With an inverse ETF, what you’re doing is just protecting against the downside of the market. But if the market goes up, you lose money, and you owe the dividends. If we look at the returns of short ETFs—and we’re not talking about ultra-short, so two or three times; this is just one-time short. So the ProShares Short S&P 500 ETF (SH) has an expense ratio of 0.9%. The 10-year annualized return is -14.6%. Compared with the iShares Core S&P 500 ETF, which has had a 14% annualized over ten years. So actually, pretty close; almost the exact opposite. For the 5-year, the short ETF, SH, returned -16% annualized, while IVV returned 16.5% annualized.
Things get a little more challenging for Russell 2000 shorts compared to going long the Russell 2000, because that index is more volatile, and these short ETF and the ultra-short ETFs are focusing on replicating the one-day performance, or in this case the inverse of the one-day performance of the Russell 2000. And because the Russell 2000 can be more volatile, the mathematics of return calculations can often lead to a shortfall.
In this case, the iShares Russell 2000 ETF (IWM) has returned 12.9% annualized over the past ten years, but the ProShares Short Russell 2000 ETF (RWM) has returned -16.1%. It’s done worse than the inverse of the S&P, and I believe that’s because of just the mathematics of calculation. If you lose a lot of money, it takes a higher return to recover that, and it can lead to a performance drag.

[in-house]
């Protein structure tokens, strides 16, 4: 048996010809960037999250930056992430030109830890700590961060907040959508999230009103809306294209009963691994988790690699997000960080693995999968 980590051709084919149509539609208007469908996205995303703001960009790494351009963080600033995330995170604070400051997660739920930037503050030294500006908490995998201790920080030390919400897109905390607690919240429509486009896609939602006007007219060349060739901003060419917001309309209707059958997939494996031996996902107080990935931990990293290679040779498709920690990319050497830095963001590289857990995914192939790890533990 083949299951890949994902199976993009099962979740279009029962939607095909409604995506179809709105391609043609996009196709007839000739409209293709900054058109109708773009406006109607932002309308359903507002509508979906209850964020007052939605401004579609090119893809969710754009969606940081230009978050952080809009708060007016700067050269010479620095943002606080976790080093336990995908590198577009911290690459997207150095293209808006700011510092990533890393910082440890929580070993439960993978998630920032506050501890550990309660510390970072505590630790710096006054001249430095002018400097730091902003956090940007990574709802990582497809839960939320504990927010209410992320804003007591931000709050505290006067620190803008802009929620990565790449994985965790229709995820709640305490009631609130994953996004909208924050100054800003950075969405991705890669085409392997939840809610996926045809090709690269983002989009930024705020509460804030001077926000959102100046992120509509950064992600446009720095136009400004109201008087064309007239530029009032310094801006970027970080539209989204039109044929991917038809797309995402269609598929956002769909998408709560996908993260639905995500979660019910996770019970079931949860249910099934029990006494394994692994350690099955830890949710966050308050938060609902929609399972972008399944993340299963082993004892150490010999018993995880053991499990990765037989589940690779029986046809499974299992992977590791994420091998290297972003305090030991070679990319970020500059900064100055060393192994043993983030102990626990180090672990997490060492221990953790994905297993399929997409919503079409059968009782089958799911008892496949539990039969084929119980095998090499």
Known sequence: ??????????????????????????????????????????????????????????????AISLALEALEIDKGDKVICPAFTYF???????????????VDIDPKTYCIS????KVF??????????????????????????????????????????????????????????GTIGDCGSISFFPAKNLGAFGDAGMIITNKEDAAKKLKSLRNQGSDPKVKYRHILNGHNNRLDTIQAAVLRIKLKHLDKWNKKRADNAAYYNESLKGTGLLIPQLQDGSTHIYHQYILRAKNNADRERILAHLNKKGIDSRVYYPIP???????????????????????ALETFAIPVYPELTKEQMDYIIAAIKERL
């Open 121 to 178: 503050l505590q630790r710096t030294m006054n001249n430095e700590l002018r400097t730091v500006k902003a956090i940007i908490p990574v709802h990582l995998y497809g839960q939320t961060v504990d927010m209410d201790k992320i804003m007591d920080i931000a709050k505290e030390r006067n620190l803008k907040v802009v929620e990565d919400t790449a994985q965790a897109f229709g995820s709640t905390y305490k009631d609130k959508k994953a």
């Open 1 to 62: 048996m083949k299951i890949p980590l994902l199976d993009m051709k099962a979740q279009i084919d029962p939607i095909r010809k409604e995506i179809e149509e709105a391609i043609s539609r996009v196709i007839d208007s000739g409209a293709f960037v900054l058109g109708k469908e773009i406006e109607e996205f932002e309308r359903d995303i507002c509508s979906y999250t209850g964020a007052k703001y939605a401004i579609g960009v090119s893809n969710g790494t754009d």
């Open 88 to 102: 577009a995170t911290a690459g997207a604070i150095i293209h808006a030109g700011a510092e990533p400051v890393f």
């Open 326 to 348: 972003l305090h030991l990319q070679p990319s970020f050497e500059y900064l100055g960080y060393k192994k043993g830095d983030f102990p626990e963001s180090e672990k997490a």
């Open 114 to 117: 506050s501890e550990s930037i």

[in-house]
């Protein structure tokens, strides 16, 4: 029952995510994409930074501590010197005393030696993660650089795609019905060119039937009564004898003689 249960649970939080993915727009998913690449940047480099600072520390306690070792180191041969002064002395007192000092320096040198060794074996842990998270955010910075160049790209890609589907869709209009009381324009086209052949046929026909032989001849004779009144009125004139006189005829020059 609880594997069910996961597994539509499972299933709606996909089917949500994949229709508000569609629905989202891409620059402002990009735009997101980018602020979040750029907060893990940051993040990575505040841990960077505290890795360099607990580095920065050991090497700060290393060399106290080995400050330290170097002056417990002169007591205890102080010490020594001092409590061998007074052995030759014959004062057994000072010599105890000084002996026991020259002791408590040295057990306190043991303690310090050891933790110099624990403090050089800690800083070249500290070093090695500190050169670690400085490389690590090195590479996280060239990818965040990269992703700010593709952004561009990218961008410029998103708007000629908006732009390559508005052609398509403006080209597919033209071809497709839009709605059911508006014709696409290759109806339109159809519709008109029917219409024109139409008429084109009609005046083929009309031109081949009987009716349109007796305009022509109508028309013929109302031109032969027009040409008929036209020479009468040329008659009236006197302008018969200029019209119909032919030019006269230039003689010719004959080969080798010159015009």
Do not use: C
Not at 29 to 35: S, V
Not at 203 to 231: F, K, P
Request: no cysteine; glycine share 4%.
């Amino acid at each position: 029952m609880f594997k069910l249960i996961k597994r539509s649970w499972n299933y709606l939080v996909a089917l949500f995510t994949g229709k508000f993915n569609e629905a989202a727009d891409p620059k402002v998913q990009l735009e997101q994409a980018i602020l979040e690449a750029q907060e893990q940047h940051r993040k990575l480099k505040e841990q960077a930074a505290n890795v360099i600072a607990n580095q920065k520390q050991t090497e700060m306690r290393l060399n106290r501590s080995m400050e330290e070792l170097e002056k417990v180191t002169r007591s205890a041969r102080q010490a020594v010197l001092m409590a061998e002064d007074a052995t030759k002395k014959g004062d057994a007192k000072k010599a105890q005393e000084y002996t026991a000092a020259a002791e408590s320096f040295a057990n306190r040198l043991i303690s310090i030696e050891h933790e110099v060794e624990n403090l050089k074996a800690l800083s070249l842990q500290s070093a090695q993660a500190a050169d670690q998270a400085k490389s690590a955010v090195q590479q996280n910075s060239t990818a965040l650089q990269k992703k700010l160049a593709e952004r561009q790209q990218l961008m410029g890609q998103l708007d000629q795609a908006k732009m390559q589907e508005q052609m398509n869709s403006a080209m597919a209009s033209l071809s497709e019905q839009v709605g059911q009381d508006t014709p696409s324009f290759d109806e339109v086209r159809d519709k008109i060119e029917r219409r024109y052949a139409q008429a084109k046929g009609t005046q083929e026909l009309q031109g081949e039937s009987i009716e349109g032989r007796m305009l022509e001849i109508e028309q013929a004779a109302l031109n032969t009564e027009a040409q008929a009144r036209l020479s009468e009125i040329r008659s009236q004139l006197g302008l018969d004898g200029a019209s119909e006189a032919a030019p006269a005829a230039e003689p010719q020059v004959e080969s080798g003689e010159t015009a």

I’m trying to think of when one would want to use an inverse ETF. I guess if they had a short-term bearish view of the stock market. Perhaps there’s a holding, a long-term ETF holding that they have, that has a large, embedded gain that they don’t want to sell, they have to pay the capital gains tax—purchasing an inverse ETF would be a way to neutralize some of that exposure. But by and large, I think investors should choose their asset allocation that fits their risk profile, and not have to worry about purchasing an inverse ETF.
Now, we’ve talked in other episodes about using options to protect and hedge portfolio losses. This is really another way to do that, although in this case, it’s not as nuanced, because it’s strictly just the inverse of whatever particular index it’s seeking to do the inverse of. So it’s not like an options strategy where you can protect against losses greater than 10% or 20%. This is just simply the inverse of the particular index.
Excess CAPE Yield
Finally, there’s been some discussion on the Money For the Rest of Us Plus forums about a new paper that Robert Shiller, Laurence Black, and Farouk Jivraj published as part of a Barclays QIS Insights. It was titled “CAPE and the COVID-19 pandemic effect.” They were looking at the cyclically adjusted price-to-earnings ratio, CAPE, and looking at the level back then for different countries, and they’ve found the U.K. was one of the cheapest relative to its long-term average, as was Japan. The U.S. not so much. But then they got into a discussion of the excess CAPE yield, which is the inverse of the cyclically adjusted price-to-earnings ratio. So one divided by the CAPE.